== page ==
Withdrew sale of bonds

In Iowa, Heartland Pork (61,000 sows) withdrew a sale of bonds this summer after the bonds became to expensive given market volatility. The bonds would have been used to pay down debt. “We wanted a different capital structure, but will stay with what we have,” says Hearland’s chief operating officer Rod Hamann. “We just have to suck it up and batten down the hatches.”

Heartland’s new mill near Iowa Fall sis built and will produce its first batch this fall, he says. “Our investors are putting more money into the company and will continue to do so, if needed.”

Hurts both ways

In Oklahoma, Hitch (ranked 39th with 15,000 sows) is seeing poorer returns in both hogs and cattle. “I hurts both ways for use,” says manager Mike Brandherm. “Although we custom feed cattle, if our customers are being hurt and losing money, it’s not a good situation.” Hitch completed construction this spring on all its hog units, and is staying put for a while, says Brandherm. “Unless you’re an integrator, expansion at this time is not wise.”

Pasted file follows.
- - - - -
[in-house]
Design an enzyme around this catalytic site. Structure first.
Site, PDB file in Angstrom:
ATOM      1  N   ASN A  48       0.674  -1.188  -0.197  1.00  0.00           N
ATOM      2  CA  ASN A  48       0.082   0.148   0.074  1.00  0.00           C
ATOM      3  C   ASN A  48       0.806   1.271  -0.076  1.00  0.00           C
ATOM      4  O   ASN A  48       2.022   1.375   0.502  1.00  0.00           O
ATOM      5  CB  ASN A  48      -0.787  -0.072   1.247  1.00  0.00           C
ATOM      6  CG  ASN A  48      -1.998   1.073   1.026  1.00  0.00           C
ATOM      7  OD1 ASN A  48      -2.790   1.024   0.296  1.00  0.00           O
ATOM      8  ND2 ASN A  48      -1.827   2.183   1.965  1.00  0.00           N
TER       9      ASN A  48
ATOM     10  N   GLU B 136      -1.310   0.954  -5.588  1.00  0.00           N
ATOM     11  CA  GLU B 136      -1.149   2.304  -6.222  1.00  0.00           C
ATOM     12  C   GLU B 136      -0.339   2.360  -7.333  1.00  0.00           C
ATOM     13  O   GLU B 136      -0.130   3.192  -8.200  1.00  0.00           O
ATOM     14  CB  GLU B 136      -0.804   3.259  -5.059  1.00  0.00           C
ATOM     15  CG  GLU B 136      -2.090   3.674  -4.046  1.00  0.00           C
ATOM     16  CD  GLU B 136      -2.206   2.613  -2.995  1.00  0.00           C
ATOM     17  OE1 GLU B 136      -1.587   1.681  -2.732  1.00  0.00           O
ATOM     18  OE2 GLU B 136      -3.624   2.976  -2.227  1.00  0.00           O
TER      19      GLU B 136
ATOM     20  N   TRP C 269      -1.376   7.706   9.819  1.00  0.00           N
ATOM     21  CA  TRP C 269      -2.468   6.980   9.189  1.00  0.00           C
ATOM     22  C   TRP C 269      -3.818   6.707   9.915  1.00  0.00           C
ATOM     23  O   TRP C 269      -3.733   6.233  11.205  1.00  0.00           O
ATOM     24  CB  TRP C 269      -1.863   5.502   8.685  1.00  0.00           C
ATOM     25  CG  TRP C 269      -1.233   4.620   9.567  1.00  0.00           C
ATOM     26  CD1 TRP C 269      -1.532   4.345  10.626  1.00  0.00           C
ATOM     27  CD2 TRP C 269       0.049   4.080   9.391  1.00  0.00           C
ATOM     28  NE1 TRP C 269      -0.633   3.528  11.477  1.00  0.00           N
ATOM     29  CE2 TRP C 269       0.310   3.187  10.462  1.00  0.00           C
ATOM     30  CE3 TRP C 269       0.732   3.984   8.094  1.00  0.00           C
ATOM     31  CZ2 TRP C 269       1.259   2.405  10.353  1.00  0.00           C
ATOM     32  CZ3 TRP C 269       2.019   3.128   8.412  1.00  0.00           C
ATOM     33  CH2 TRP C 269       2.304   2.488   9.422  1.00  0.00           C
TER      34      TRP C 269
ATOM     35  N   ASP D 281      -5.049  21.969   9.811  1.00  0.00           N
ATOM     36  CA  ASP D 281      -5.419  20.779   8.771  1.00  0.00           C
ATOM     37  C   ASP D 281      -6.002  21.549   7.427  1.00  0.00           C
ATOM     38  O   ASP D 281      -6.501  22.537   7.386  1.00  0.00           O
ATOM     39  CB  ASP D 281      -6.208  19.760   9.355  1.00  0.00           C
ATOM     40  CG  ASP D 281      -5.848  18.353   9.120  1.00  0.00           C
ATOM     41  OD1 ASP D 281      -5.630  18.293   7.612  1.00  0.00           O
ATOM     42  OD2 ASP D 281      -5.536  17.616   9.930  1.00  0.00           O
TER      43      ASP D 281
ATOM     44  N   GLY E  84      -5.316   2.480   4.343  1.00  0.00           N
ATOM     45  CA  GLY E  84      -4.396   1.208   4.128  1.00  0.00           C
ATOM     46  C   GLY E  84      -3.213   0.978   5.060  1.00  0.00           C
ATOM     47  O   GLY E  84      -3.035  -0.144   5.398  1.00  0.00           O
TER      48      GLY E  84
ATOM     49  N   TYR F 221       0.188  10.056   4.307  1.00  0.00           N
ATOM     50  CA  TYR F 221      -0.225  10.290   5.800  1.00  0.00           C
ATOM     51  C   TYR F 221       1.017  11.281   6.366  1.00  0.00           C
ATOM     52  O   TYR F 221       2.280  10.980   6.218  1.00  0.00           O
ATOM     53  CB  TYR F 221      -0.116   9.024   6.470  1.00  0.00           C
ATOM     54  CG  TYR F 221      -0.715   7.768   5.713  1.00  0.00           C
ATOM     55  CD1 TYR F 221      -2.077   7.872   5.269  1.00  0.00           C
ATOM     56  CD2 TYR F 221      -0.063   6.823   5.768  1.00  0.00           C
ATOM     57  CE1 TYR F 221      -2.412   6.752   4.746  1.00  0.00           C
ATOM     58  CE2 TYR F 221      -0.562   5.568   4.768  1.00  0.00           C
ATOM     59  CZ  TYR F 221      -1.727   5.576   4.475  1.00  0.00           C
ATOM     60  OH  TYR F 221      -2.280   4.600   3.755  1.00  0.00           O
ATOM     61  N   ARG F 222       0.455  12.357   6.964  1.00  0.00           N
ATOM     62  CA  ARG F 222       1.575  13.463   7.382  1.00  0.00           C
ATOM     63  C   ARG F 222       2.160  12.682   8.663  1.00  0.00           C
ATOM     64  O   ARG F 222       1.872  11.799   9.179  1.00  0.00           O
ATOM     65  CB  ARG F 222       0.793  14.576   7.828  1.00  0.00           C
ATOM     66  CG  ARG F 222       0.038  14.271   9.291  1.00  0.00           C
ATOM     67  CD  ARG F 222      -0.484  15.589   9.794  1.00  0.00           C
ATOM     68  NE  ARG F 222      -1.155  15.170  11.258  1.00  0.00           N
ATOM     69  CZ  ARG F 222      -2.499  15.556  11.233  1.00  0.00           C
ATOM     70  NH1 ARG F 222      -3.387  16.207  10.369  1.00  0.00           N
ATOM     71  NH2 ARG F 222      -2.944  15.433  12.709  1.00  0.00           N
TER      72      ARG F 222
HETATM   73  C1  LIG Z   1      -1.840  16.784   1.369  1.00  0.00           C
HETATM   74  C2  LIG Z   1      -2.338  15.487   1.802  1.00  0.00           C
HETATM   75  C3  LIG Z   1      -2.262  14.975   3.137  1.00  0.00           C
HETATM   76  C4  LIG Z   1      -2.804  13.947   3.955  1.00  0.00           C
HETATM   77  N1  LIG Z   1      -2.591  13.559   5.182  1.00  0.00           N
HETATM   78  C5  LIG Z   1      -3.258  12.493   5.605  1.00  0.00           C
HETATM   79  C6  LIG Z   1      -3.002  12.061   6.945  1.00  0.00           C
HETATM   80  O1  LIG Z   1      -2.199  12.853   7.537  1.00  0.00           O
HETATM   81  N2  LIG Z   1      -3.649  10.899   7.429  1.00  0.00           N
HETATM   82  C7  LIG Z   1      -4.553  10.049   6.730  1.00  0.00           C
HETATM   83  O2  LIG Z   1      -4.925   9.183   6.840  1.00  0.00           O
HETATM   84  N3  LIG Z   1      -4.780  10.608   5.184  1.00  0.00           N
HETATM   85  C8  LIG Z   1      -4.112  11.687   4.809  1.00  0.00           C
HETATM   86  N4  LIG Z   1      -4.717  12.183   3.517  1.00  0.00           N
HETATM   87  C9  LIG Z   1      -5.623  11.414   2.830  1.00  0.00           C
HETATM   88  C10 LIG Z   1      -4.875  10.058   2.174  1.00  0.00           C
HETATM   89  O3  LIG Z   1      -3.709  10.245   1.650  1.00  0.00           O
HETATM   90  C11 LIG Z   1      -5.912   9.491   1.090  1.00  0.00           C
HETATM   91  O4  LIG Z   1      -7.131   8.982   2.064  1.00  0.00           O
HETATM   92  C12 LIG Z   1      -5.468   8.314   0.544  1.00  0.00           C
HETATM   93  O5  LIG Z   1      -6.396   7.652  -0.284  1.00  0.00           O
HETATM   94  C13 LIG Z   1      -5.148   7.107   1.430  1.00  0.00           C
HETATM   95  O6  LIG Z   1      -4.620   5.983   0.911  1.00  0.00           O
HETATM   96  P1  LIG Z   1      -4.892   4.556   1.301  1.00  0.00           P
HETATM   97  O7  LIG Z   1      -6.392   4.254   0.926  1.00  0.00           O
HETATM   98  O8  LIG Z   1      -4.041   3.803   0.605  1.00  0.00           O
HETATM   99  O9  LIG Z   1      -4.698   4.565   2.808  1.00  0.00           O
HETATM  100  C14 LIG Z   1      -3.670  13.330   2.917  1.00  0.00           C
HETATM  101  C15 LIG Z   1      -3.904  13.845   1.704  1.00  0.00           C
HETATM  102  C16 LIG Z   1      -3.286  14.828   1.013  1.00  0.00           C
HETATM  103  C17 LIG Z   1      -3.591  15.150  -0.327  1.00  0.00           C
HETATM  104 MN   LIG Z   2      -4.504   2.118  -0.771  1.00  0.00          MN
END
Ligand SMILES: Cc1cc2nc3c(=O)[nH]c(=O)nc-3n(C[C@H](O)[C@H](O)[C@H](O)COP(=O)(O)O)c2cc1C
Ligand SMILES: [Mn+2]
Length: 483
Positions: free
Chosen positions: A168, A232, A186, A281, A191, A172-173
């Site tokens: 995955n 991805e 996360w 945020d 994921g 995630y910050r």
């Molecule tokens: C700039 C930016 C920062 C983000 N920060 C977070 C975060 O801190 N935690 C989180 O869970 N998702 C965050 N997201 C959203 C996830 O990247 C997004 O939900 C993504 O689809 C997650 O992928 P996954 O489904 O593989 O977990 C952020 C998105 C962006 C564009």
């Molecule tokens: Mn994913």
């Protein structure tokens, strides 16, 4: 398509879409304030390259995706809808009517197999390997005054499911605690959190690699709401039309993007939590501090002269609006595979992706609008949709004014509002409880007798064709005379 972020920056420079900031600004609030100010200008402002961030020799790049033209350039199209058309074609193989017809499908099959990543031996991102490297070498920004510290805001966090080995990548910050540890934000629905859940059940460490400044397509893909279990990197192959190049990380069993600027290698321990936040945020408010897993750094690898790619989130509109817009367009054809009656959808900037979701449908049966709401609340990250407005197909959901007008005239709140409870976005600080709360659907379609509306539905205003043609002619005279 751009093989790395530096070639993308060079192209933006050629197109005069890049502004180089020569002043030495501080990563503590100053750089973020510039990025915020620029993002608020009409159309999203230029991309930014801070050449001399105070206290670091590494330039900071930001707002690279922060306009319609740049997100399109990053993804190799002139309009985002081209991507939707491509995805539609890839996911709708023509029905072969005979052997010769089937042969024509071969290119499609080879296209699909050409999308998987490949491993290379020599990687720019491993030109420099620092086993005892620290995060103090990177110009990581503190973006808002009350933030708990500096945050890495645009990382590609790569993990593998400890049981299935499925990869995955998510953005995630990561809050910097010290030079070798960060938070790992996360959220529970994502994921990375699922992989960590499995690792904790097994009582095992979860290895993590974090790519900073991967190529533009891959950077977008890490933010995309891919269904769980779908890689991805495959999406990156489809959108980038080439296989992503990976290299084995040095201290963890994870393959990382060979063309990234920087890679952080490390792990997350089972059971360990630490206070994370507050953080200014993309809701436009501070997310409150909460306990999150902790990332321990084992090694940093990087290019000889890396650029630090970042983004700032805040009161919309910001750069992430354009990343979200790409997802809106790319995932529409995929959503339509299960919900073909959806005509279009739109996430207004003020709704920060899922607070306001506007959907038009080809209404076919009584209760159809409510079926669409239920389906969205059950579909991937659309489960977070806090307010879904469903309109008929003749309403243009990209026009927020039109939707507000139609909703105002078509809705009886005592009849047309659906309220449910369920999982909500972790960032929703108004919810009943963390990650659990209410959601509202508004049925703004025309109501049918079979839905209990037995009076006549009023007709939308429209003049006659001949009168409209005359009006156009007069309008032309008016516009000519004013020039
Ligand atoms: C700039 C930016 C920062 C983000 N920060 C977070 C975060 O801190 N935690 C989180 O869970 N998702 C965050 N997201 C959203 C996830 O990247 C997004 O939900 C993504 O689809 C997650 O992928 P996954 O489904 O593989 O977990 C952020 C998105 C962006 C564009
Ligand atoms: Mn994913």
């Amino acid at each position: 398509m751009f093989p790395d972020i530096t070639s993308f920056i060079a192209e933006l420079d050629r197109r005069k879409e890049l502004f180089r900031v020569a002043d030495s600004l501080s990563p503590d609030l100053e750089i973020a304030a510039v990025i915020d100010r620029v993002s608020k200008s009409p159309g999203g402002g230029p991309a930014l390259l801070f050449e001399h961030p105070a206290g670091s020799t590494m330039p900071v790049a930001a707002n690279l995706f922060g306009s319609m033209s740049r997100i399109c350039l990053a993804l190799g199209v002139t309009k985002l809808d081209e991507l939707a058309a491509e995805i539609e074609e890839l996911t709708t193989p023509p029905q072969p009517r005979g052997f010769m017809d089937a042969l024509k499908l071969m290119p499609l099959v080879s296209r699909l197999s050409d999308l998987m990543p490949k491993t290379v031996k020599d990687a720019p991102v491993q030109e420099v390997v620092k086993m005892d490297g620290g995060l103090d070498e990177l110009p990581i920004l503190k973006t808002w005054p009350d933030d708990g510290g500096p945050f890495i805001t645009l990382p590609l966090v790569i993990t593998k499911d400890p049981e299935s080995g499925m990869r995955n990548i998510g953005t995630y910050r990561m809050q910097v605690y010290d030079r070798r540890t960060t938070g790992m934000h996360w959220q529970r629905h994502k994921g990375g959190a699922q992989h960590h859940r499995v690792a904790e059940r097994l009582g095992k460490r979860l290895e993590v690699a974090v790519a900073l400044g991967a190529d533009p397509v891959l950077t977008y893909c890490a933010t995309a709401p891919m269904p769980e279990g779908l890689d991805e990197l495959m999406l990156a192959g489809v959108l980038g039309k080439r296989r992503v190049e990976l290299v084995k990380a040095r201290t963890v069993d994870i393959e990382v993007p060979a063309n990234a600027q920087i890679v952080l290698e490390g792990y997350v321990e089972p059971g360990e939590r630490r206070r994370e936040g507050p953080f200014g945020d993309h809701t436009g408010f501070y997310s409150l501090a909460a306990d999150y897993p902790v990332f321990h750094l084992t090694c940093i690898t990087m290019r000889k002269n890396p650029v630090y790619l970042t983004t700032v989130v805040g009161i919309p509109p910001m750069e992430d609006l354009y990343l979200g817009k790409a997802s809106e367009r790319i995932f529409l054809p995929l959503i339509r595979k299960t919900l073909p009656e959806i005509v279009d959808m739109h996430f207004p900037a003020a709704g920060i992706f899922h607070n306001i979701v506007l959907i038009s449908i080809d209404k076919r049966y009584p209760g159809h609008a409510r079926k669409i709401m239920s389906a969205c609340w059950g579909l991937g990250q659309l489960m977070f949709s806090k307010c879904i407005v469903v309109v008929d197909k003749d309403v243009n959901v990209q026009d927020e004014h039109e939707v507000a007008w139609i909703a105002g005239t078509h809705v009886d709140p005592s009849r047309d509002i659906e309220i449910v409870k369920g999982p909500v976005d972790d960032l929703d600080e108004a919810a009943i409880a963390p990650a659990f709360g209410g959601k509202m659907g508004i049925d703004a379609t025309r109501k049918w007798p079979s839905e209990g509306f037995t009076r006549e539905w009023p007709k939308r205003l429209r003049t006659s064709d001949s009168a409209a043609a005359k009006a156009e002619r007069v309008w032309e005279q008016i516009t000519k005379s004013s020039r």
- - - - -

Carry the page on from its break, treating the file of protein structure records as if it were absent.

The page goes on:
The largest operation new to our ranking this year is Purina Mills, now owned by Koch Agriculture Company. Of the 75,000 sows listed, Purina owns 13,000 outright, and services the rest under its Swine Management Services division based in Nebraska.

What can we expect from the Pork Powerhouses in the next 12 moths? Mergers, acquisitions and consolidation. Hopefully some liquidation. And quite certainly a good amount of wailing and gnashing of teeth.

ADM poised for major moves in swine industry

For years, grain giants Cargill and Continental Grain have had a prominent place in pork production (Continental upped its position in 19998 by purchasing majority interest in Premium Standard Farms). Now another grain giant, Archer Daniels Midland, plans a larger presence in the industry.